Shop at a store near you

The Prophet's Dictionary: The Ultimate Guide to Supernatural Wisdom

Paula A. Price
The Prophet's Dictionary: The Ultimate Guide to Supernatural Wisdom

The Prophet's Dictionary by Paula Price is an essential tool for laymen, prophets, prophesiers, pastors, intercessors, and dreamers of dreams. As an all-in-one dictionary and reference book containing over 1,600 relevant definitions of terms and phrases for the prophetic rea... Read More

We're sorry, but this item is currently unavailable.
Item # 1182362


The Prophet's Dictionary by Paula Price is an essential tool for laymen, prophets, prophesiers, pastors, intercessors, and dreamers of dreams. As an all-in-one dictionary and reference book containing over 1,600 relevant definitions of terms and phrases for the prophetic realm of Christian ministry, it exposes ancient religious seductions and how they have infiltrated movies, television, and books. Prophetic visions and clues to interpreting their symbolism, imagery, and signs are also included. People from all walks of life can benefit as this book aids in the understanding of what may be expected from prophets or the prophetic ministry. Delve deeper and you will find much more. God speaks to us today
  • Store Only: Yes
  • Product type: Book
  • Format: Book
  • Release Date: Jan 1, 2008
  • UPC: 9781603740357
  • Height: 1.60
  • Width: 6.40
  • Length: 9.10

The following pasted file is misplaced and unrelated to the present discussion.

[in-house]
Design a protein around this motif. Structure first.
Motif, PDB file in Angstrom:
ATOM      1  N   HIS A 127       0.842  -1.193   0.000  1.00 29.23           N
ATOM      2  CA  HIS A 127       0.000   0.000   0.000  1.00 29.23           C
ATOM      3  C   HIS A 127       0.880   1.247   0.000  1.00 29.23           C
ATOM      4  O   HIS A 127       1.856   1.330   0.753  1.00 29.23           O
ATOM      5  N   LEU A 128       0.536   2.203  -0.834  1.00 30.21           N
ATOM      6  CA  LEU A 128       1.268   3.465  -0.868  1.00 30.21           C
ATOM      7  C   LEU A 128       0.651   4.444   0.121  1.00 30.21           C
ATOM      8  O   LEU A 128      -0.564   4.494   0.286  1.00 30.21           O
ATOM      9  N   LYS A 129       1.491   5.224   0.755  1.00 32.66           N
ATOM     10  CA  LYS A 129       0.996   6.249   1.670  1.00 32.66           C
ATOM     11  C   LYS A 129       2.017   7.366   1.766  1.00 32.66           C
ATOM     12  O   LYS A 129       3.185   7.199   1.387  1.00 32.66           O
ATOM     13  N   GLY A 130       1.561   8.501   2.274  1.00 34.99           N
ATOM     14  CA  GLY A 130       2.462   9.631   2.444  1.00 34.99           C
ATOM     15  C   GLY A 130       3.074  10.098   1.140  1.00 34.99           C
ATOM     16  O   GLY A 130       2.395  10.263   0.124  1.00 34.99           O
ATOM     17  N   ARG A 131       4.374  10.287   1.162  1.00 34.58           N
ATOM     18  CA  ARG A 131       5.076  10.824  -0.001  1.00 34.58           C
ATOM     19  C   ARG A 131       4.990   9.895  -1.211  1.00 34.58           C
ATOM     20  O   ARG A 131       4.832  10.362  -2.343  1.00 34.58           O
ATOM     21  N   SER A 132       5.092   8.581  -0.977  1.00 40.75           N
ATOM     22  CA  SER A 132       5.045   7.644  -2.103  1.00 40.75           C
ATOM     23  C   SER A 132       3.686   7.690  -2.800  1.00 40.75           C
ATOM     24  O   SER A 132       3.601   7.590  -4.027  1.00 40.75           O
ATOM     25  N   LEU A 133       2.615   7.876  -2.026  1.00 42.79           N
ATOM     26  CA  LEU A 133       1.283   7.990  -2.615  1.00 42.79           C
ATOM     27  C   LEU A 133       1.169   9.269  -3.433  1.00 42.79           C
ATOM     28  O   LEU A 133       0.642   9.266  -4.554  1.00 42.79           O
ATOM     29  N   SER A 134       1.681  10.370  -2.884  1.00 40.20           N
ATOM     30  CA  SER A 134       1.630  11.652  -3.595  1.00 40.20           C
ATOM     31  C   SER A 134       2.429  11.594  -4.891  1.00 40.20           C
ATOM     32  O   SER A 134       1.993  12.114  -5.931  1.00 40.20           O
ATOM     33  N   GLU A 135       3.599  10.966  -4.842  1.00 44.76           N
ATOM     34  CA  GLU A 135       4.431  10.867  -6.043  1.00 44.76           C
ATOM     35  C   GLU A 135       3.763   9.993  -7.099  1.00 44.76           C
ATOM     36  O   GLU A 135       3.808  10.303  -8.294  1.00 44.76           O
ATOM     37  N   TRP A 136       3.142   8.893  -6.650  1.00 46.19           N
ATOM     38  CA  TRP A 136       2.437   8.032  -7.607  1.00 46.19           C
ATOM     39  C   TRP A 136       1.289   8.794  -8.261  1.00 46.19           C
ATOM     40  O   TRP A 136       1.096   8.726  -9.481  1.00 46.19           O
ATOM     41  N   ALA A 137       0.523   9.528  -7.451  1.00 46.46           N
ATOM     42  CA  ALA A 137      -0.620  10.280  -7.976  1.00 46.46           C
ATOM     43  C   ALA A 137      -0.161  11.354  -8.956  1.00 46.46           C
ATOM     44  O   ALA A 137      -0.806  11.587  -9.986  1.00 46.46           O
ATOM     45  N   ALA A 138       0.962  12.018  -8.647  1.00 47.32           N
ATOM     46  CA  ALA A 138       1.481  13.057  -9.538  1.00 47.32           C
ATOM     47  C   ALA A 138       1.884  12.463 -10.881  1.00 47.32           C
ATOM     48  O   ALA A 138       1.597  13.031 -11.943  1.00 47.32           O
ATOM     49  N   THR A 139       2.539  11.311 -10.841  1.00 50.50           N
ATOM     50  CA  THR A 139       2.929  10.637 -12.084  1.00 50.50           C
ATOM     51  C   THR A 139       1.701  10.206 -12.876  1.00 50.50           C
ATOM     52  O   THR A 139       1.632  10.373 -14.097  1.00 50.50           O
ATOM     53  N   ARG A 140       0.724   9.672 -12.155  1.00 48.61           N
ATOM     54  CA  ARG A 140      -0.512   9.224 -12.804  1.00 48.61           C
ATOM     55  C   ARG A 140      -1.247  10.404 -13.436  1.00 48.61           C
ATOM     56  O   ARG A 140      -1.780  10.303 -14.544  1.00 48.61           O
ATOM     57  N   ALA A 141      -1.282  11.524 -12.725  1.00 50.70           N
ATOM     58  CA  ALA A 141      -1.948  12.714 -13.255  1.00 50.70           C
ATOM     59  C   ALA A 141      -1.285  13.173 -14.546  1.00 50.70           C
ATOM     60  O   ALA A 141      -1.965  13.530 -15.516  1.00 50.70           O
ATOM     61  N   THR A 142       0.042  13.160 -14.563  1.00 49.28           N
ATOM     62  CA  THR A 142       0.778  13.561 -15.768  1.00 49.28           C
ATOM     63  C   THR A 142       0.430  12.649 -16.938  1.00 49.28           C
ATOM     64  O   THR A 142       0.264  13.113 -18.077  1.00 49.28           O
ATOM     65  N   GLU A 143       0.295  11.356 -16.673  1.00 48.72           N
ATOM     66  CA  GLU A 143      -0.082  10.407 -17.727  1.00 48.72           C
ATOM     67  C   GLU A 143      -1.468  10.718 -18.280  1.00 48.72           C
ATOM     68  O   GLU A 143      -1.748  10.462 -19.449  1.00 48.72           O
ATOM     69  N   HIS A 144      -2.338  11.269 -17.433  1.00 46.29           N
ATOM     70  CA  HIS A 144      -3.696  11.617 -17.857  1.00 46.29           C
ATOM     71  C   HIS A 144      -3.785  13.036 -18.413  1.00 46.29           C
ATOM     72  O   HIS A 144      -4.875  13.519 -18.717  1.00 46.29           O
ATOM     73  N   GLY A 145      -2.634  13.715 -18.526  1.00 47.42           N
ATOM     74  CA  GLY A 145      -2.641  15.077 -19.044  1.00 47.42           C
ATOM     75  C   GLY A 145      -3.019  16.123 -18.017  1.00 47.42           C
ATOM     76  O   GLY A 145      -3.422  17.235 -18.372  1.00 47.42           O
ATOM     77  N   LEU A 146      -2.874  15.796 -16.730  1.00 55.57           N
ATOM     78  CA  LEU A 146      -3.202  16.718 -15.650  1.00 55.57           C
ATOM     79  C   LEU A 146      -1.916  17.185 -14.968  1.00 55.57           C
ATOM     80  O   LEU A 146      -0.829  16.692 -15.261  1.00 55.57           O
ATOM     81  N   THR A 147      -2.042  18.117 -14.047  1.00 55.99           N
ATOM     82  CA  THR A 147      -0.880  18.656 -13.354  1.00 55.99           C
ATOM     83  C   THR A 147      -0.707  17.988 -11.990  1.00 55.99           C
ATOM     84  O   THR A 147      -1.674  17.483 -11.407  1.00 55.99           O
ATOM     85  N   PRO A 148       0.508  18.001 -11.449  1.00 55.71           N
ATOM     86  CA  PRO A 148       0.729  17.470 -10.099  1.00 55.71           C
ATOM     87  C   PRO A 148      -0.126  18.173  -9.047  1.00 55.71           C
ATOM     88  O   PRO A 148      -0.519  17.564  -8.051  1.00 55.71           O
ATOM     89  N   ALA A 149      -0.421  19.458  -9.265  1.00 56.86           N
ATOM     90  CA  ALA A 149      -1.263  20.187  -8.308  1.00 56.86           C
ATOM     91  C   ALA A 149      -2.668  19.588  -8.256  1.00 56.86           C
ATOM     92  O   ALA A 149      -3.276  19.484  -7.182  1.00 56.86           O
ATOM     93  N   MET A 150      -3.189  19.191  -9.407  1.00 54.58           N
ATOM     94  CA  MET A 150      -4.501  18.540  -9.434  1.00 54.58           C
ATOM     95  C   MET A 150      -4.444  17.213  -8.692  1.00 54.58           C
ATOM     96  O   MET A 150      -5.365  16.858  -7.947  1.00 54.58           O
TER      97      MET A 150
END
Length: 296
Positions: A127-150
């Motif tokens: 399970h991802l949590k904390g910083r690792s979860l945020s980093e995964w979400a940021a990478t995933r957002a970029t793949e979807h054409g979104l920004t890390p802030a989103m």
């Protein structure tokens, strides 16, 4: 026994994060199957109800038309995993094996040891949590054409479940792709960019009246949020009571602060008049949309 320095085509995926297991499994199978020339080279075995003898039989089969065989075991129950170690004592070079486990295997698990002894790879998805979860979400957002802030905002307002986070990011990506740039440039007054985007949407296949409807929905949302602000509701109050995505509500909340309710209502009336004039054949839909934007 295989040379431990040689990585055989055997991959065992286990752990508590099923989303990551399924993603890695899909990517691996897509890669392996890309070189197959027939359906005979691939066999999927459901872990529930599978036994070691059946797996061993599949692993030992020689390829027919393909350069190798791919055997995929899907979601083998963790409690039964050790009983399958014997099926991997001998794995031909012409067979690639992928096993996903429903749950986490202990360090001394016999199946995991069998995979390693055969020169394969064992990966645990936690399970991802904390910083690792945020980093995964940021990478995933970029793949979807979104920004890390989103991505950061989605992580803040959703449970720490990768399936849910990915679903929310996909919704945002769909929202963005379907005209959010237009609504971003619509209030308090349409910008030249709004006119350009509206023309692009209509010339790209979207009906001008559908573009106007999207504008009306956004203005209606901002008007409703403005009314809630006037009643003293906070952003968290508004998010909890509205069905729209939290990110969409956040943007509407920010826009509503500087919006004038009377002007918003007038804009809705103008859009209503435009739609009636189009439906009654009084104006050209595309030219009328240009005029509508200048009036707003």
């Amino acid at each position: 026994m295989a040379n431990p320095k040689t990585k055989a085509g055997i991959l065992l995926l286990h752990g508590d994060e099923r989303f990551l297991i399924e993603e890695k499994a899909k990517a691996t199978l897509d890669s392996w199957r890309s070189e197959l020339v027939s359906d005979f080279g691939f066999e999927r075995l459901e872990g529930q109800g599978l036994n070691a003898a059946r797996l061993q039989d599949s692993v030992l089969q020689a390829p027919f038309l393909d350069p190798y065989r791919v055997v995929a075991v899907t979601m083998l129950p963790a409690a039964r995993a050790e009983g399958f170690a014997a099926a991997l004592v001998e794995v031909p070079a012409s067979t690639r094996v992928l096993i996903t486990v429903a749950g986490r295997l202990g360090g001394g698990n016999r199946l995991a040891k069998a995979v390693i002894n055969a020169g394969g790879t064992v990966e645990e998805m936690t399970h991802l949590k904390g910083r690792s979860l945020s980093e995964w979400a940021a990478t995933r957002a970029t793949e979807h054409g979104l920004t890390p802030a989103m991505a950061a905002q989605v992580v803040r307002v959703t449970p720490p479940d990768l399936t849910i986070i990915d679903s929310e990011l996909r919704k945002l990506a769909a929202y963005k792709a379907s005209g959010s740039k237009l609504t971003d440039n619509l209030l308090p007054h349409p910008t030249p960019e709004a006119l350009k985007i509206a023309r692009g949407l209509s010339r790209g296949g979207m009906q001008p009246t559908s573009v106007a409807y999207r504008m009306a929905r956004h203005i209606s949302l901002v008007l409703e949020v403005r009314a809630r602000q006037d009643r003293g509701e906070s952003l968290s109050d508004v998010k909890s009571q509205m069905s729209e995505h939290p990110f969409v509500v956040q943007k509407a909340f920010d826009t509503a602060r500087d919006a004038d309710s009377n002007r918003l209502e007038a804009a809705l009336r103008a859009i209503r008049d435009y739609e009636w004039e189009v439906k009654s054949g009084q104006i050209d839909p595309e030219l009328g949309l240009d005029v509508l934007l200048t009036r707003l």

• Volumes/Discs: 1
  • Pages: 602
  • Publish Date: Jan 1, 2008
  • Language: English
  • Audience Age Maximum: 0
  • Audience Age Minimum: 0
  • BISAC: "REL006670 , REL006140 , REL067000"
  • ISBN: 160374035X

Customer Reviews

Write your own review

You're reviewing: The Prophet's Dictionary: The Ultimate Guide to Supernatural Wisdom

    1 star
    2 stars
    3 stars
    4 stars
    5 stars

* Required Fields

“The Prophet’s Dictionary” is not a reliable source for religious definitions by Phoenix on 5/31/2015

“The Prophet’s Dictionary” is not a book any serious student of religion should refer as an authoritative dictionary on the subject of religion if they want the “facts”. This “dictionary” is an inaccurate, erroneous, and subjective work. The two entries discussed below (one simple, one more complex) should illustrate the point sufficiently.

1) “Abraham”. This entry is incomplete and omits the pertinent fact that Abraham was the son of Terah, a descendant of Noah, and a wealthy idol merchant. While it states that Abraham is the father of the nation of Israel through Isaac and Jacob, the entry conveniently omits the fact that Abraham married his half-sister Sarah, the daughter of his father (Gen.20:12), and had Isaac through this incestuous union. There is no mention of his son Ishmael, borne by his Egyptian wife Hagar, who was also blessed by God with the promise his sons will become a great nation (Gen. 16:1, 15, Gen. 17:20)
2) “Afterlife”. This entry defines “Afterlife” as: “A) The term for the disposition of the incorporeal side of the human makeup upon death of the body. B) Those who are saved know that there are only two places for the eternal soul to end up, heaven or hell”. It then goes on say “Occultists and ant-Christ people believe in a third option: “reincarnation”. This “definition” is both subjective and inaccurate to say the least.